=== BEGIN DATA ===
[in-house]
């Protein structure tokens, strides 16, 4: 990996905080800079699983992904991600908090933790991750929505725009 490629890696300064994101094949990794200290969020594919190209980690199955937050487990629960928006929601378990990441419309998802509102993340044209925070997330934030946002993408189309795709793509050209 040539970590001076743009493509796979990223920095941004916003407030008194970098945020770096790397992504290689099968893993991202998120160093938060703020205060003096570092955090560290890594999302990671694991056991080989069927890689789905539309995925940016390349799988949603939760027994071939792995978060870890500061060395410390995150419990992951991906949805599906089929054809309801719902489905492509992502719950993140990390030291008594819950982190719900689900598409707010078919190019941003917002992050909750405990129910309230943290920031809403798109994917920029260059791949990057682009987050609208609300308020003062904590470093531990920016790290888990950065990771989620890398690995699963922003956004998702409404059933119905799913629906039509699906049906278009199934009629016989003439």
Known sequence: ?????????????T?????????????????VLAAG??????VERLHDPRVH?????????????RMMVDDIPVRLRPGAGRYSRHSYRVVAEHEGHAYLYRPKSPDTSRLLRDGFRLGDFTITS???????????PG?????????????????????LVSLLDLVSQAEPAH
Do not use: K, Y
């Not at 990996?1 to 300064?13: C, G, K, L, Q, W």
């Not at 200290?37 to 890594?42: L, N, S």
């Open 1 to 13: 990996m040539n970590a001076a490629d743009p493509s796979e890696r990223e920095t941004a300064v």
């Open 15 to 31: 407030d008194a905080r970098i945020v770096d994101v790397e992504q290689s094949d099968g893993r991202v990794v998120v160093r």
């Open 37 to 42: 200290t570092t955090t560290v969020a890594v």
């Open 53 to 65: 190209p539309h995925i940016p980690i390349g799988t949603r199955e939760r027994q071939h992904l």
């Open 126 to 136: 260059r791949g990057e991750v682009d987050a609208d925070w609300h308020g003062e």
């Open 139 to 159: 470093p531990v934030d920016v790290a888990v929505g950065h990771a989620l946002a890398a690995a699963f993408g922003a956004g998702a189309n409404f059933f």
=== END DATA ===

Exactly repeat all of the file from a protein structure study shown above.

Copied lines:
[in-house]
């Protein structure tokens, strides 16, 4: 990996905080800079699983992904991600908090933790991750929505725009 490629890696300064994101094949990794200290969020594919190209980690199955937050487990629960928006929601378990990441419309998802509102993340044209925070997330934030946002993408189309795709793509050209 040539970590001076743009493509796979990223920095941004916003407030008194970098945020770096790397992504290689099968893993991202998120160093938060703020205060003096570092955090560290890594999302990671694991056991080989069927890689789905539309995925940016390349799988949603939760027994071939792995978060870890500061060395410390995150419990992951991906949805599906089929054809309801719902489905492509992502719950993140990390030291008594819950982190719900689900598409707010078919190019941003917002992050909750405990129910309230943290920031809403798109994917920029260059791949990057682009987050609208609300308020003062904590470093531990920016790290888990950065990771989620890398690995699963922003956004998702409404059933119905799913629906039509699906049906278009199934009629016989003439």
Known sequence: ?????????????T?????????????????VLAAG??????VERLHDPRVH?????????????RMMVDDIPVRLRPGAGRYSRHSYRVVAEHEGHAYLYRPKSPDTSRLLRDGFRLGDFTITS???????????PG?????????????????????LVSLLDLVSQAEPAH
Do not use: K, Y
């Not at 990996?1 to 300064?13: C, G, K, L, Q, W």
């Not at 200290?37 to 890594?42: L, N, S």
């Open 1 to 13: 990996m040539n970590a001076a490629d743009p493509s796979e890696r990223e920095t941004a300064v």
């Open 15 to 31: 407030d008194a905080r970098i945020v770096d994101v790397e992504q290689s094949d099968g893993r991202v990794v998120v160093r």
């Open 37 to 42: 200290t570092t955090t560290v969020a890594v």
């Open 53 to 65: 190209p539309h995925i940016p980690i390349g799988t949603r199955e939760r027994q071939h992904l």
């Open 126 to 136: 260059r791949g990057e991750v682009d987050a609208d925070w609300h308020g003062e």
């Open 139 to 159: 470093p531990v934030d920016v790290a888990v929505g950065h990771a989620l946002a890398a690995a699963f993408g922003a956004g998702a189309n409404f059933f």